Exhibitions/ Art Object

Fragment with Dedicatory Inscription

5th–7th century
Made in Israel, found at Ashkelon
Overall: 10 1/4 x 11 7/16 in. (26 x 29 cm)
Credit Line:
Musée du Louvre, Département des Antiquités Orientales, Paris (AO 1274)
Not on view
The Synagogue at Ashkelon
During the Byzantine period, the synagogue was constructed to promote an atmosphere of sanctity and was often referred to as "the holy place." It featured wall inscriptions and intricately carved reliefs as well as a chancel screen. An innovation adopted from Christian contexts and seen in many synagogues from this period, the screen separated the Holy Ark housing the Torah scrolls, the most sacred part of the synagogue, from the rest of the hall. Fragments of the Ashkelon Synagogue were discovered during the nineteenth century, though no complete structure has ever been excavated.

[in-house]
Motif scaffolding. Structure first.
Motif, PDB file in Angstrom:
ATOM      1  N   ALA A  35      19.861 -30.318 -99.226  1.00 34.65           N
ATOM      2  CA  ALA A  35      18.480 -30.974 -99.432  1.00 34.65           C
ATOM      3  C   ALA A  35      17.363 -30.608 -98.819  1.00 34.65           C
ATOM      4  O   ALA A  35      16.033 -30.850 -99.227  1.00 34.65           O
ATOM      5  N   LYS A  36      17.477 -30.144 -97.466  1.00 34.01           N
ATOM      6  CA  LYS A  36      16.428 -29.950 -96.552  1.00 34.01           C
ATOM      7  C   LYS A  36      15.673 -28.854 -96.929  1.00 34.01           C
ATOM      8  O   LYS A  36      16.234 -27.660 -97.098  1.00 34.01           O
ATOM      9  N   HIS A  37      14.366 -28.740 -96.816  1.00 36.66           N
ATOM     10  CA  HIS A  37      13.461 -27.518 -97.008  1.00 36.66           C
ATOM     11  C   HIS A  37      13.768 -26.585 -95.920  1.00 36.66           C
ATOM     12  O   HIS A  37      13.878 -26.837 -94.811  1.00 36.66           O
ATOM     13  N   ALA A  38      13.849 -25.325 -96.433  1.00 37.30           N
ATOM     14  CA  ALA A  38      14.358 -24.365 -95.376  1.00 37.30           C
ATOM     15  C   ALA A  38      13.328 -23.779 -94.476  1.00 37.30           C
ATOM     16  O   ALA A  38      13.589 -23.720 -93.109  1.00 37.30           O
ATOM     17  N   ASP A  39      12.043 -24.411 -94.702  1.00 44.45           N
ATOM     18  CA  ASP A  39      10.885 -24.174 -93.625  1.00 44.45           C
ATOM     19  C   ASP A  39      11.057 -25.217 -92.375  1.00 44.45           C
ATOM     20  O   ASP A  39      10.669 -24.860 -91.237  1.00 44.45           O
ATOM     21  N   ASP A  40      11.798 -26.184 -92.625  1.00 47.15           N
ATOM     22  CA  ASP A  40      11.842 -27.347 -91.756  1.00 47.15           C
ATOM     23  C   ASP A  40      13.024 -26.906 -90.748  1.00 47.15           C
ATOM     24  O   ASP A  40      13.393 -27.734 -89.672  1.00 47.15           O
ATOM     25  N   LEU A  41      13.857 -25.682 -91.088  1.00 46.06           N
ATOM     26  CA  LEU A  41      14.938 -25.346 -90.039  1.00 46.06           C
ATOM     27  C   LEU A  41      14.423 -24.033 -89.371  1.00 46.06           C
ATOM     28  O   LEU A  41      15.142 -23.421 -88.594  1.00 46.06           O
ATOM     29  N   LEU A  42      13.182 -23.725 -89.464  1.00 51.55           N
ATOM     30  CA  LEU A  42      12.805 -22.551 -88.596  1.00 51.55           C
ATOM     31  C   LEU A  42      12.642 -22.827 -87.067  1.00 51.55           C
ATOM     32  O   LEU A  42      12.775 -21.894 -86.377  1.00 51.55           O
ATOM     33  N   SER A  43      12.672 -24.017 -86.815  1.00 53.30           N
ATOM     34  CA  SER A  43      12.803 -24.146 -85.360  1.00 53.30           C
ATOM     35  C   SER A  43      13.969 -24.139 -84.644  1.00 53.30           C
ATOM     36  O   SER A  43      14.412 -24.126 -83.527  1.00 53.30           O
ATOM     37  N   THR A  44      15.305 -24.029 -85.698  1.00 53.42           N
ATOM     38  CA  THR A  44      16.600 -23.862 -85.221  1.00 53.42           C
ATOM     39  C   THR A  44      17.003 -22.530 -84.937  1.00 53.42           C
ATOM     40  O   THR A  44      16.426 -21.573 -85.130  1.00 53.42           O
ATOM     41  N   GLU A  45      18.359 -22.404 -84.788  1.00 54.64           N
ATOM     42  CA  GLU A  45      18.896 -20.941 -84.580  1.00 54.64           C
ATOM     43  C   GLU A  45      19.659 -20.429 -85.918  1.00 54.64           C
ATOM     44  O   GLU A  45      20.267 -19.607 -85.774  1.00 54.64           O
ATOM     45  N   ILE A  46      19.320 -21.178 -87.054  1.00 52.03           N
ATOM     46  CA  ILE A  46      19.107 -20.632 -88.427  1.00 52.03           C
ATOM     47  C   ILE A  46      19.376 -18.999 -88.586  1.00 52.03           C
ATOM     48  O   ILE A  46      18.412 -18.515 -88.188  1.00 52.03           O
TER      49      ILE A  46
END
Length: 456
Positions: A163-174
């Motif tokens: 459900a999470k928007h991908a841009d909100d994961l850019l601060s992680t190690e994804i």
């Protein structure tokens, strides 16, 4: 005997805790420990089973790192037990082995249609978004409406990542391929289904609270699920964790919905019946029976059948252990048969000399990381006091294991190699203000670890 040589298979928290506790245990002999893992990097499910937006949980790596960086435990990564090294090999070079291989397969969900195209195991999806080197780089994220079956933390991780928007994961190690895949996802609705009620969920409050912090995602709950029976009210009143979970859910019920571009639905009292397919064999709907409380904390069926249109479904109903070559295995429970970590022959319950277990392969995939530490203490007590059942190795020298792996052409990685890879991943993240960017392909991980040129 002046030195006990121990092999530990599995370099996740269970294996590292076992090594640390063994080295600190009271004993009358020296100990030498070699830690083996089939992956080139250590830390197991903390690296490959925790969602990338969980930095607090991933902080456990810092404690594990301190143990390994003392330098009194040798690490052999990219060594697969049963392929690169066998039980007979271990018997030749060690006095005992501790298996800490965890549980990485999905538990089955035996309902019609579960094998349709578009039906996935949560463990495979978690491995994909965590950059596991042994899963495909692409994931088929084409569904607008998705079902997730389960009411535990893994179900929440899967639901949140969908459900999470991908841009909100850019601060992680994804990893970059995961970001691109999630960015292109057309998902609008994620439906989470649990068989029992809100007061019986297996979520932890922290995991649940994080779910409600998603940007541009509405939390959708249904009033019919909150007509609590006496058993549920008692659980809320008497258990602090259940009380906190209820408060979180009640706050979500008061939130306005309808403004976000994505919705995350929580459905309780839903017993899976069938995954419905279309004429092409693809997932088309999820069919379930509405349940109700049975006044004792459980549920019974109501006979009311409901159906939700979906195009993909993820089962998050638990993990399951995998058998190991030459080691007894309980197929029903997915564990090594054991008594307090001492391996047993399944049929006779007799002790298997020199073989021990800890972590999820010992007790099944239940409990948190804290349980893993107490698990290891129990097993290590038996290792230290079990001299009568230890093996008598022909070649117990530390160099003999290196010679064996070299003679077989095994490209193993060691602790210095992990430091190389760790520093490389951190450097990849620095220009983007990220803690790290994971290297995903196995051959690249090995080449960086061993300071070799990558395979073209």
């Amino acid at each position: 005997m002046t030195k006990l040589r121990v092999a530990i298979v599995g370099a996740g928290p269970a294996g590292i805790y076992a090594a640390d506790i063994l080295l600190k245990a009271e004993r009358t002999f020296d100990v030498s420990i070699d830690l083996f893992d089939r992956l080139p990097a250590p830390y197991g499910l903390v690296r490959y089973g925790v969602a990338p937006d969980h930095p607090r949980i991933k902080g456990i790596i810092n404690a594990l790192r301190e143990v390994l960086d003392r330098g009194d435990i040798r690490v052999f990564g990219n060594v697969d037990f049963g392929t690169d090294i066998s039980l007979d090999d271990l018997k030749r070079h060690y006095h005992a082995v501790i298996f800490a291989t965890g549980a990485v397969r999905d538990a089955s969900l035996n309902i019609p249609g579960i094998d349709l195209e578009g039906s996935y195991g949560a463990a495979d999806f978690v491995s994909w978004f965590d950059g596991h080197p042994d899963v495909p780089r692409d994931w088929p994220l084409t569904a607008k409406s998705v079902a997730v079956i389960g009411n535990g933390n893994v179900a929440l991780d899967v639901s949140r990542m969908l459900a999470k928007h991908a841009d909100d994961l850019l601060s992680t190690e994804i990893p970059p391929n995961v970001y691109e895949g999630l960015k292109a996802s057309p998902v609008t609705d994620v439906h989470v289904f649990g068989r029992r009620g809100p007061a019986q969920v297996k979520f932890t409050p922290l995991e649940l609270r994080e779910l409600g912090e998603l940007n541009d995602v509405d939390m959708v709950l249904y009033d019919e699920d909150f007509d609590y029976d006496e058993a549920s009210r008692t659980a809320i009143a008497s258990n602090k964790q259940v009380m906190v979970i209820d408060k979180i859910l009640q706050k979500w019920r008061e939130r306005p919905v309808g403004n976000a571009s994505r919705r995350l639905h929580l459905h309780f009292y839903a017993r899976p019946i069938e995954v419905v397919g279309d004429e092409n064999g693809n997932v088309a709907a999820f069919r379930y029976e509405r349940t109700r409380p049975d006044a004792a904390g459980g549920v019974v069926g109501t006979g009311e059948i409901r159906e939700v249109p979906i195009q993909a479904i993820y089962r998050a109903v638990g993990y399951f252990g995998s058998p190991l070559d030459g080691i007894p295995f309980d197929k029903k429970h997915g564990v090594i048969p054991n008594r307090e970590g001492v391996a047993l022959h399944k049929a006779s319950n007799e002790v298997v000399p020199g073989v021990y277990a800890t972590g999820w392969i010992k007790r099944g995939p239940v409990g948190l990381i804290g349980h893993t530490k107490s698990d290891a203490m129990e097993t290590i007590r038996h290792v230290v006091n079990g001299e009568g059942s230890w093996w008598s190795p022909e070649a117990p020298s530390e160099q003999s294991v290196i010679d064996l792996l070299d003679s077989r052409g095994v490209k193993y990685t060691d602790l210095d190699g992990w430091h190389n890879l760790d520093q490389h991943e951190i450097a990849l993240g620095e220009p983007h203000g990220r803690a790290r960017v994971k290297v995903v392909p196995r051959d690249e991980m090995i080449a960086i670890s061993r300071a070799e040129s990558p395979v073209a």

This fragment, rendered in square Hebrew calligraphy, constituted part of a larger dedicatory inscription in Aramaic on the synagogue’s wall. Aramaic was the vernacular language of Jews in Palestine, even in predominantly Greek-speaking cities such as Ashkelon. The second line likely referred to the synagogue as "The place of the Master of Heaven."
Inscription: [In Aramaic:] . . . each and every one . . . / of heaven and . . . /. . .sh.t.l.m . . .
New York. The Metropolitan Museum of Art. "Byzantium and Islam: Age of Transition (7th–9th Century)," March 12, 2012–July 8, 2012.